1. When attempting to outsource your work, companies will read your requirements and base their quote on that (well they should in theory - but we didn't find that for the majority of people we outsourced with. Good, respectable companies will though).
2. Because the companies will base their quote on your requirements, it serves as the perfect document to prove that certain work must be done - many times the developers we outsourced to would 'complain' saying that we were adding additional requirements. Having a 100 page requirements document allowed us to quickly quash any complaints they had.
3. It's important for you to understand your game (and game flows) inside out - Only when you fully understand your game will you be able to get a true feel of whether it'll work or not.
2. Obtaining Quotes...
At the start of the project, the only place we were aware of to acquire cheaper development and design work was from www.elance.com, a site that allows customers to connect with freelance developers and designers from around the world. For those of you who don’t know, Elance has become extremely popular in recent years as it brings affordable development and design to people who otherwise wouldn't be able to afford it.
Whilst obtaining quotes, our main concern was the possibility of getting our game idea stolen. Because of this we were quite cagey for a little while about what information we allowed people to see. Our worries were basically futile - there are a few things you can do to reduce the chance of somebody stealing your game idea, but really, if someone wants to steal it, they will. An idea is only an idea.
However, all is not lost, and the chance of you having your idea stolen is extremely slim. Firstly, it is incredibly unlikely that there is someone out there willing to make a game purely off the back of a game description from an unknown indie developer – the risk is too great, and a simple game description really doesn’t convey what your game is about. They might steal your idea once you have a working prototype, but stealing the idea before its birth is highly unlikely.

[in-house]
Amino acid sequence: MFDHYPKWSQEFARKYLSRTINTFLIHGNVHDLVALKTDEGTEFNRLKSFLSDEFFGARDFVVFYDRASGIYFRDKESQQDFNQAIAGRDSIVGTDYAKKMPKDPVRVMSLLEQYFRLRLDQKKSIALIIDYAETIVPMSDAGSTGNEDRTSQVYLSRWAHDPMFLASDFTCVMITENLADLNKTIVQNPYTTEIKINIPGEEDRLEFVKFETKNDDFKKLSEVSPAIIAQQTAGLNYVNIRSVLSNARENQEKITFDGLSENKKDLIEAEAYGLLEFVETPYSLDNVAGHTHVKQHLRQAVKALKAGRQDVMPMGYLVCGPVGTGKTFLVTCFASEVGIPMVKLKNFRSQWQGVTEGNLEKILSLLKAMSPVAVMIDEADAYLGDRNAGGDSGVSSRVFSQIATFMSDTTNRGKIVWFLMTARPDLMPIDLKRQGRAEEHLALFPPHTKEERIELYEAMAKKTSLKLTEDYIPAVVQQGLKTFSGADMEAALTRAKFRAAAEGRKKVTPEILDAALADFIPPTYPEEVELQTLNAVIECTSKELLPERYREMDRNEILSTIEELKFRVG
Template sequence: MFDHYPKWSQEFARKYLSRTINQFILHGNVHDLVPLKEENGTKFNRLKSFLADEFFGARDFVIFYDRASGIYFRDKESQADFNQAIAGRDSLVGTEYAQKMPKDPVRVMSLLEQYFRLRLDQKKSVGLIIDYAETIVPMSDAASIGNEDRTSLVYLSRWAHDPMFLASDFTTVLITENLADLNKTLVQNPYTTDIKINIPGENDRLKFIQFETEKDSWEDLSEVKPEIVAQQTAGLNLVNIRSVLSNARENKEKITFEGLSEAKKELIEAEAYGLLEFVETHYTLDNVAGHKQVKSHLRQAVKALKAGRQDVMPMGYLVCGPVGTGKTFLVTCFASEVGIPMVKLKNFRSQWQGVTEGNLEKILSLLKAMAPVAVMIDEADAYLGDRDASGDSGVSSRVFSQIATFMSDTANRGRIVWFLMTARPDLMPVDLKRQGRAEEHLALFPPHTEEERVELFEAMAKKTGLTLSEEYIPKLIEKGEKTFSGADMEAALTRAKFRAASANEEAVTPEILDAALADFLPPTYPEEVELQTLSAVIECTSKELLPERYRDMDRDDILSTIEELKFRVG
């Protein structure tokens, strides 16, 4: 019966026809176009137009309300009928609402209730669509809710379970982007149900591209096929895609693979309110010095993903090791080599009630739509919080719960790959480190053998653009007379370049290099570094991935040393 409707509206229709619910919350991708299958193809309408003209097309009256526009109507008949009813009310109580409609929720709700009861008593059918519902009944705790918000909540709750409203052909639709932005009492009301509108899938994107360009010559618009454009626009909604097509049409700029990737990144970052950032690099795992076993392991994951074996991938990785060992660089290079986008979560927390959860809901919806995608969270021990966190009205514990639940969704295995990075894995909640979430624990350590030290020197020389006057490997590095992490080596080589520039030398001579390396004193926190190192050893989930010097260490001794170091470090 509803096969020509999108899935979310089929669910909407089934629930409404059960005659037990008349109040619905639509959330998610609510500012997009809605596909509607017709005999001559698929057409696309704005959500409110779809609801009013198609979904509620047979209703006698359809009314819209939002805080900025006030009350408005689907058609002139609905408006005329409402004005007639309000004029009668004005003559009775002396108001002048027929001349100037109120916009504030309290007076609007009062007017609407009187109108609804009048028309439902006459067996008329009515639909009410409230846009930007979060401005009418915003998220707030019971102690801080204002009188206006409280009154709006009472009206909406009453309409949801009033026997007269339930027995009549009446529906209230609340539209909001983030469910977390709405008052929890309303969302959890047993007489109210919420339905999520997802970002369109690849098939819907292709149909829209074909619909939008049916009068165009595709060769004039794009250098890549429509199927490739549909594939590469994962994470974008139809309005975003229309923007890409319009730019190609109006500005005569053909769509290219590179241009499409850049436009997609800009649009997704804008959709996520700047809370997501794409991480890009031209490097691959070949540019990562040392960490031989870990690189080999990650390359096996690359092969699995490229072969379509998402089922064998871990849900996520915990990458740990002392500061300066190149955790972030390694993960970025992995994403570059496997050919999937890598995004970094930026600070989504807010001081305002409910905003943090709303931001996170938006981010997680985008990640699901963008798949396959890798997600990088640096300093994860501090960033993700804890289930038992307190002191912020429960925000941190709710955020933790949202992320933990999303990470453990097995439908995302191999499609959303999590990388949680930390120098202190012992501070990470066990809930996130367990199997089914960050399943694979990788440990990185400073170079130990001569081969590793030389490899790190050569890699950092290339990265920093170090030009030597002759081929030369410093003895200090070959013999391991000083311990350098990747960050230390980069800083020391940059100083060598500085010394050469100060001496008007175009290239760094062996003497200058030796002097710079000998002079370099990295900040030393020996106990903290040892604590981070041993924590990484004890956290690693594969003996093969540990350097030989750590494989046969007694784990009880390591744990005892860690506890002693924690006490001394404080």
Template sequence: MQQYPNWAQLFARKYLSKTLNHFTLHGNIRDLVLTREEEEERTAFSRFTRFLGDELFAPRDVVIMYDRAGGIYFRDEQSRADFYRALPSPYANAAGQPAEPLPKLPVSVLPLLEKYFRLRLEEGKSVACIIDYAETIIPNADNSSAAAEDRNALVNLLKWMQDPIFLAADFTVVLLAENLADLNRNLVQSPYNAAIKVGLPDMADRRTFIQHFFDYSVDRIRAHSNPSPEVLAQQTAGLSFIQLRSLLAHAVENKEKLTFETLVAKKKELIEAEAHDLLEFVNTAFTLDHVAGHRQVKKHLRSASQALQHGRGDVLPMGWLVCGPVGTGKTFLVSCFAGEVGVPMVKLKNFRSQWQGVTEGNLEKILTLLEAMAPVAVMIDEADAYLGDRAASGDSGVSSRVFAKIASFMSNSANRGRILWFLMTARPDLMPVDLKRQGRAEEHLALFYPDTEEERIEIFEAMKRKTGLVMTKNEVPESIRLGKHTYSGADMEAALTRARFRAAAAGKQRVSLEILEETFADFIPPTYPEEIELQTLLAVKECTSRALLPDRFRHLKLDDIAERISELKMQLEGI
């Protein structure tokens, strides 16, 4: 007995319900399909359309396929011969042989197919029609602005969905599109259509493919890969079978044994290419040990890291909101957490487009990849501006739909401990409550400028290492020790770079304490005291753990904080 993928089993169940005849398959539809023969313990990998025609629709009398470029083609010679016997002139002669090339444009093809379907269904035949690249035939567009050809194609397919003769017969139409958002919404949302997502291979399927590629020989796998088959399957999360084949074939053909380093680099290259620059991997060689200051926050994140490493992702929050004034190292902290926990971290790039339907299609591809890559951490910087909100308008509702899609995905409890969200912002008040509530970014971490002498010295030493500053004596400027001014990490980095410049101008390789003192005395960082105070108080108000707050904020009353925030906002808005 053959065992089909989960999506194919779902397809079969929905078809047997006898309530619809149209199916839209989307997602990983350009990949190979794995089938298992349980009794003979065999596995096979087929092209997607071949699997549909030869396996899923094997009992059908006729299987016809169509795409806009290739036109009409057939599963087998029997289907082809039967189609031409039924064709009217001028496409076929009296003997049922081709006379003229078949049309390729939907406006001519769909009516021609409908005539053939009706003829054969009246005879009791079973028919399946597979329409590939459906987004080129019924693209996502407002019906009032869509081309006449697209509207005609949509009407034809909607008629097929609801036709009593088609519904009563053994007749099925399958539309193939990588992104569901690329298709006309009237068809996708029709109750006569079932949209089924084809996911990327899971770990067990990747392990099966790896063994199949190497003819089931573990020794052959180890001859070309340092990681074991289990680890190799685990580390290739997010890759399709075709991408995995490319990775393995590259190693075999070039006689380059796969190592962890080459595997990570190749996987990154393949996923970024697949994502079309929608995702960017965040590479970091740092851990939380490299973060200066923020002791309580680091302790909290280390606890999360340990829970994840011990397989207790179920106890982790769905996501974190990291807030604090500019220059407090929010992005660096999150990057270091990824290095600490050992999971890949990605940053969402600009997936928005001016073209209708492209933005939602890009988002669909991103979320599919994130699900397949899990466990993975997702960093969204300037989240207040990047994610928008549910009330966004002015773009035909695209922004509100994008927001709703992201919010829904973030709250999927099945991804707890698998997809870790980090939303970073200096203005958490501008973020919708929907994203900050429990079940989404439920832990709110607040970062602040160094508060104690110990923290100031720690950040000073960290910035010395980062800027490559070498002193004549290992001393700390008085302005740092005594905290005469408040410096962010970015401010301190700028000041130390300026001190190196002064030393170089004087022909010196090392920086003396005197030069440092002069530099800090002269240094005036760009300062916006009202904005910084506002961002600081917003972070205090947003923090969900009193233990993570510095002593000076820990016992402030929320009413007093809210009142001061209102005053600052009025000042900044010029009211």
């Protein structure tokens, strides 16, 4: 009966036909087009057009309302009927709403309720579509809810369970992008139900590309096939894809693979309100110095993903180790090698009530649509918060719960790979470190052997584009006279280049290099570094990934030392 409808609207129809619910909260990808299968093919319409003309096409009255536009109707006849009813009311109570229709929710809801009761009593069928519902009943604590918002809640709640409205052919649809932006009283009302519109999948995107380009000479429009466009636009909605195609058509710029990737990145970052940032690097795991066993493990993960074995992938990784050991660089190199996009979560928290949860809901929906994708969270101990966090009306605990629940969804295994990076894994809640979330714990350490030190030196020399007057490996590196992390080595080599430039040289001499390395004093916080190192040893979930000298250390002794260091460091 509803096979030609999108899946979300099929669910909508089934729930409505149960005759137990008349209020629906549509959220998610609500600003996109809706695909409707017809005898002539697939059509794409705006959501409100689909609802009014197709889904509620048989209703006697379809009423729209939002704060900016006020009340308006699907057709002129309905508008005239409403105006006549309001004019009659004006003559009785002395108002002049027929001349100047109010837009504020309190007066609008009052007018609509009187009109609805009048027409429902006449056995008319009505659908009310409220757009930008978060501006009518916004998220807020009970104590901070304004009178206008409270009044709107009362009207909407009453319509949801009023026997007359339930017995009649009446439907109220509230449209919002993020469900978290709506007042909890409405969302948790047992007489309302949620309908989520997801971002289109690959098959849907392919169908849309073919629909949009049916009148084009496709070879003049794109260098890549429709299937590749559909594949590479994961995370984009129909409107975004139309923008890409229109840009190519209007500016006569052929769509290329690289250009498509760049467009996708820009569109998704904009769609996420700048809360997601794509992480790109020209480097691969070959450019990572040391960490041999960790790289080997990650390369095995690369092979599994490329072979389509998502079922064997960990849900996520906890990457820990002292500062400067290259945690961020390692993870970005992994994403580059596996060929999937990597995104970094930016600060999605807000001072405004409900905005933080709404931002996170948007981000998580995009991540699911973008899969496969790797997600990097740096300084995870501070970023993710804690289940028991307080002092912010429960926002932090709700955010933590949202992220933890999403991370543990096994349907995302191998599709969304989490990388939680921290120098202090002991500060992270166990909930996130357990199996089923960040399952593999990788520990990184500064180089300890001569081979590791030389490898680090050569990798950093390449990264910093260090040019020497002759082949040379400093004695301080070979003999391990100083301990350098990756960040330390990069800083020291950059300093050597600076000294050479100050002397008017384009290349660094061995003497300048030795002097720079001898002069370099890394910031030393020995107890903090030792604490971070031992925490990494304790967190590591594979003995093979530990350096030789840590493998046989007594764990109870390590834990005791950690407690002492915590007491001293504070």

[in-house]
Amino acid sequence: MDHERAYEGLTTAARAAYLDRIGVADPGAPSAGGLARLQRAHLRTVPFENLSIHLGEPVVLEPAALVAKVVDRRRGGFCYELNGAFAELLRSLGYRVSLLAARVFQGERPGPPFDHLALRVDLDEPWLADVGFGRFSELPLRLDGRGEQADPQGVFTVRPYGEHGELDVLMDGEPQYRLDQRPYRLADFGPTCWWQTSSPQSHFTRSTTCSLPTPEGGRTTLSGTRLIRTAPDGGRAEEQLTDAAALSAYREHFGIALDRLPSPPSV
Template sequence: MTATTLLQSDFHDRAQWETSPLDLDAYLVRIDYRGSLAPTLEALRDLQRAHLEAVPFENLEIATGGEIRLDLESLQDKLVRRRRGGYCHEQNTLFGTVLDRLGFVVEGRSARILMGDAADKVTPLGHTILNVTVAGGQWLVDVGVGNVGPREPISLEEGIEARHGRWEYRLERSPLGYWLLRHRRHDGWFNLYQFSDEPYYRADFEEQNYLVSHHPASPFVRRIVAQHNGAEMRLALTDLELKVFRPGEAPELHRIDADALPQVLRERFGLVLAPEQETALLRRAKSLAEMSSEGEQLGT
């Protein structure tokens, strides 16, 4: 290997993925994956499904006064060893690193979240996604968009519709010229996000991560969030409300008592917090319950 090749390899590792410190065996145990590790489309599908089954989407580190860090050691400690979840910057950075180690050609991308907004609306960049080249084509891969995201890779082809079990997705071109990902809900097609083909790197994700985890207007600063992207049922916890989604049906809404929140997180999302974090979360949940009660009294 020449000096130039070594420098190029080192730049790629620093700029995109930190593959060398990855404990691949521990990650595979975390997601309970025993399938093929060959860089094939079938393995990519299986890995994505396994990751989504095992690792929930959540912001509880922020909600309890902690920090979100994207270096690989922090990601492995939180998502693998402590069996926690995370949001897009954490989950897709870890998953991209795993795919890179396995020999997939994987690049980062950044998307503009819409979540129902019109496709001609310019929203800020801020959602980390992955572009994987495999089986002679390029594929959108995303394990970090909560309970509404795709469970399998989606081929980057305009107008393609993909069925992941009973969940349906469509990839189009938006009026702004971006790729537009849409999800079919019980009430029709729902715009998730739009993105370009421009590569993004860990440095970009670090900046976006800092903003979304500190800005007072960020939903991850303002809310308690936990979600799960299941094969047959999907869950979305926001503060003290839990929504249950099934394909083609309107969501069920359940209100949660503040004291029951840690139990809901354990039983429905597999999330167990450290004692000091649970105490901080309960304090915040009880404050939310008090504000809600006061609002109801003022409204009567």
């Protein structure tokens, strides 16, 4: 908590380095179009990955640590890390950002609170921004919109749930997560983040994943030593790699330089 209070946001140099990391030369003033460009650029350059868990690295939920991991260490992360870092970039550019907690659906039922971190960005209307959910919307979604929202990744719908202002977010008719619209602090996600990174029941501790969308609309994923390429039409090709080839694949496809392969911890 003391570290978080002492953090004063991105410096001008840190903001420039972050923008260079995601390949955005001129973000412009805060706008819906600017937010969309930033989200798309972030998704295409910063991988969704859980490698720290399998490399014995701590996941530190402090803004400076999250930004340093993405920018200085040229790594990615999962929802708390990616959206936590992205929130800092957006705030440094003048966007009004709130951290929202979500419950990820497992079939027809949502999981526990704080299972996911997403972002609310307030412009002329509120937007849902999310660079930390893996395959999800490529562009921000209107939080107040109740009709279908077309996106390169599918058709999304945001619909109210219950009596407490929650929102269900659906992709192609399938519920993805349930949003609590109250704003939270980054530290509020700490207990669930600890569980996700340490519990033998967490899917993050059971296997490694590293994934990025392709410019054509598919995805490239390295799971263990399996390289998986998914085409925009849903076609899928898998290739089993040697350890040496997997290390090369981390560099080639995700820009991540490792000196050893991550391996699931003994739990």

Still, being protective over your idea is good, it shows passion. So, if you're still worried, there are other safeguards you can employ too:
a) When creating your pitch on Elance, don't give away any of your major game details. e.g. For our pitch we noted that it was a 25 screen, social word and number game, with recorded statistics and XP points. At no point did we ever describe the mechanics of the rounds - it was just a loose, generic pitch.
b) Obvious, but when companies quote, check out their portfolio. Any work you like the look of, try and contact the owner of the game, and ask them for some feedback on the developer/designer. That way you can verify their legitimacy. It also gives you a decent idea of the company's abilities, allowing you to make an informed decision about the company that you decide to pick.
c) After choosing the company, insist that they sign an NDA. An NDA is a Non-Disclosure Agreement which is basically a statement of intent- by signing the company agree not to use or share any of your requirements that they read. In reality, an NDA is practically worthless at this stage because you have nothing more than an idea. Unless your game was copied exactly, these companies wouldn't be doing anything legally wrong, only morally. Despite this fact, you are lucky in the fact that most (almost all) companies do not operate in this manner, and as an addition, the NDA seems to act as a decent deterrent, regardless of it not actually carrying much weight. Another simpler reason that an NDA is useless to an indie dev, is that you simply would not be able to afford the courtroom fees when attempting to take legal action against the plagiarising company.